Everything Everywhere All at Once

Everything Everywhere All at Once ★★★

as innovative as this film wants to be it still presents to us the saccharine individualist american optimism and ends up as trope-y as your run-of-the-mill american blockbuster. the power of love trumps the "evil" nihilist force, the hero is flawed because of the villain's influence, but most of all the fact that this film dwells in the power of "you can be whatever you want if you dream it" -- an attractive capitalist offer that doesn't pay back well. the ills of the world are attributed to "the evil force" and the main character's workingclassness is painted as a personal failure and is caused by the main character's individual choices. it checks all the boxes of the hero's journey in any big industry superhero movie (which is not to be surprised about since the russo brothers held the roles of co-producers).

it makes me think of asian american cinema as a whole myself. part of the asian american experience is about being torn between two cultures; cultures that are meant to be as objective/subjective as the other. films like the farewell portrays this duality well. however, there is always that slippery slope of demonizing one culture and viewing the other as the absolute truth for a happy life. in the case of this film, and much like other asian american blockbuster films, telling its audience to move forward from "traditionalist backwards bigoted" culture of an asian country and into an optimistic, saccharine, individualist american one. as asian american filmmakers/writers (and asian filmmakers/writers working in america) are we really comfortable trapping ourselves into the demands of american exceptionalism? can you imagine how boundless our work could be if we could divorce ourselves from the shackles of assimilationism, letting us tell our stories the way we want them to be? this film is trying to different but sadly it falls into the pit of its americanness, undoing its little weird quips like hotdogs as fingers.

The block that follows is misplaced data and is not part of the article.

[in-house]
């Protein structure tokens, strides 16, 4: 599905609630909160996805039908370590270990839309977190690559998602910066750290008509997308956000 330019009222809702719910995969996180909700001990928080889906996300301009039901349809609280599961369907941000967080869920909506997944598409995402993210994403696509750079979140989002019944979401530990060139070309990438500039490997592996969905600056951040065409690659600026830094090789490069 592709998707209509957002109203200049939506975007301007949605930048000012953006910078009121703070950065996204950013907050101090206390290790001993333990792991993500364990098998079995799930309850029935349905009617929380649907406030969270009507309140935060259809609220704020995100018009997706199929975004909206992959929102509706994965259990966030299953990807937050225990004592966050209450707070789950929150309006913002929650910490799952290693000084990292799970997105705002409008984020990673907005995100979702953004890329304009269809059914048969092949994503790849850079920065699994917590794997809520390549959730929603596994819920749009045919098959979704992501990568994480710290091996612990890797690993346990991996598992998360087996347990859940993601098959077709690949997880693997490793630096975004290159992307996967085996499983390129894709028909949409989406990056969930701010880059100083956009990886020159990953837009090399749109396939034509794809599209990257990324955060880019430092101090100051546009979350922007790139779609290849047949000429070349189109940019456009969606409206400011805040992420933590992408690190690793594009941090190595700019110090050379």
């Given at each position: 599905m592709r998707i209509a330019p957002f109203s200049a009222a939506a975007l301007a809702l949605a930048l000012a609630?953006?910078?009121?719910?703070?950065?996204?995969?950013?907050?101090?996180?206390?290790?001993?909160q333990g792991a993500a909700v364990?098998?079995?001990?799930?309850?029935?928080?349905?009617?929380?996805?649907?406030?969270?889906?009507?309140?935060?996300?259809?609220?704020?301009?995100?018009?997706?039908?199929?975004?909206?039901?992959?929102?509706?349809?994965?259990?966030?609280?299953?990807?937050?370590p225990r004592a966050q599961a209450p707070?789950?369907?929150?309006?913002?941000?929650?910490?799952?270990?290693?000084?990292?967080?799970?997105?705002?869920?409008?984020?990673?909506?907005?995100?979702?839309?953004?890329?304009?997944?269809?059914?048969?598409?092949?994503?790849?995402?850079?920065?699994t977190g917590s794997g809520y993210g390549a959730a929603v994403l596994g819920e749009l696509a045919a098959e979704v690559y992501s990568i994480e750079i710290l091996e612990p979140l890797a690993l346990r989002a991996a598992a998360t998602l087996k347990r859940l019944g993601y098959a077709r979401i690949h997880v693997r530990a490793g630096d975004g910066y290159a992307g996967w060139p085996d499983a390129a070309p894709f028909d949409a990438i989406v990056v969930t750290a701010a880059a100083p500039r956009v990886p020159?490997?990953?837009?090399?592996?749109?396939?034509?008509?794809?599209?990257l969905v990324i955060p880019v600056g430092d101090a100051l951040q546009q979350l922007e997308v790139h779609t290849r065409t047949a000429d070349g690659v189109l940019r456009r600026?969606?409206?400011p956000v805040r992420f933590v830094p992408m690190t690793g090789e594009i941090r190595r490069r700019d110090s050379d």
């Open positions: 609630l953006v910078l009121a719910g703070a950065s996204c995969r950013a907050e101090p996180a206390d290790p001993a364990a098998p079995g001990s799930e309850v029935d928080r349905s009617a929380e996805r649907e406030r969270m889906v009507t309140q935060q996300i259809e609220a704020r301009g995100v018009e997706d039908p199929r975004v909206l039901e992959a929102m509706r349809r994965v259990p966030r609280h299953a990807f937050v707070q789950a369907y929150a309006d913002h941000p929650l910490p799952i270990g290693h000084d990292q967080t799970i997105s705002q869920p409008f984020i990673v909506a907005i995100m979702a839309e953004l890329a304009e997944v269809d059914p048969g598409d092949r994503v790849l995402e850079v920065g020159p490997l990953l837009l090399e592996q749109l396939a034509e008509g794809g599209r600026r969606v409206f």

however michelle yeoh and ke huy quan are fucking amazing in this, so, at least there's that.

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